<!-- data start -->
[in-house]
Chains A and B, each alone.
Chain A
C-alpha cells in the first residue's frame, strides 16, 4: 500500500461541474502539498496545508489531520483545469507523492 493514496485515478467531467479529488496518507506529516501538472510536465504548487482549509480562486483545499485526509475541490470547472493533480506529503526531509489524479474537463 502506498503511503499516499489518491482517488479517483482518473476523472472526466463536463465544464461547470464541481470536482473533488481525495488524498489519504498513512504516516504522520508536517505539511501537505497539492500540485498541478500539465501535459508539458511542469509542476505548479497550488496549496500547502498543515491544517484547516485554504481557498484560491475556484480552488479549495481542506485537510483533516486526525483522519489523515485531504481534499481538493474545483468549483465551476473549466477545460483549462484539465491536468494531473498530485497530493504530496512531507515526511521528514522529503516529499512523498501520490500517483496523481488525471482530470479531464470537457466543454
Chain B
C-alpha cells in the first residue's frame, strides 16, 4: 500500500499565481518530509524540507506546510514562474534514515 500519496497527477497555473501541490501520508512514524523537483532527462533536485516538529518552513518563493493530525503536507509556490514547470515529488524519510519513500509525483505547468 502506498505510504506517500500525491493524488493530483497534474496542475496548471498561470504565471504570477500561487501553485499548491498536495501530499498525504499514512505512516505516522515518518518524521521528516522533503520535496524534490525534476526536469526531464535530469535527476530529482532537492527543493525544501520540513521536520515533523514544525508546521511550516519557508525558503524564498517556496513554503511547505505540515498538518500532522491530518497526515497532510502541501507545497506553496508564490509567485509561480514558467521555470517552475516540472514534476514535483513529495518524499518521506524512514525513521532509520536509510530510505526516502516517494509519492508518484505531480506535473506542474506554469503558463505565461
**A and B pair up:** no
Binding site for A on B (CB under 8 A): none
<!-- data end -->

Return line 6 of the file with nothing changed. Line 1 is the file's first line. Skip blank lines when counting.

C-alpha cells in the first residue's frame, strides 16, 4: 500500500499565481518530509524540507506546510514562474534514515 500519496497527477497555473501541490501520508512514524523537483532527462533536485516538529518552513518563493493530525503536507509556490514547470515529488524519510519513500509525483505547468 502506498505510504506517500500525491493524488493530483497534474496542475496548471498561470504565471504570477500561487501553485499548491498536495501530499498525504499514512505512516505516522515518518518524521521528516522533503520535496524534490525534476526536469526531464535530469535527476530529482532537492527543493525544501520540513521536520515533523514544525508546521511550516519557508525558503524564498517556496513554503511547505505540515498538518500532522491530518497526515497532510502541501507545497506553496508564490509567485509561480514558467521555470517552475516540472514534476514535483513529495518524499518521506524512514525513521532509520536509510530510505526516502516517494509519492508518484505531480506535473506542474506554469503558463505565461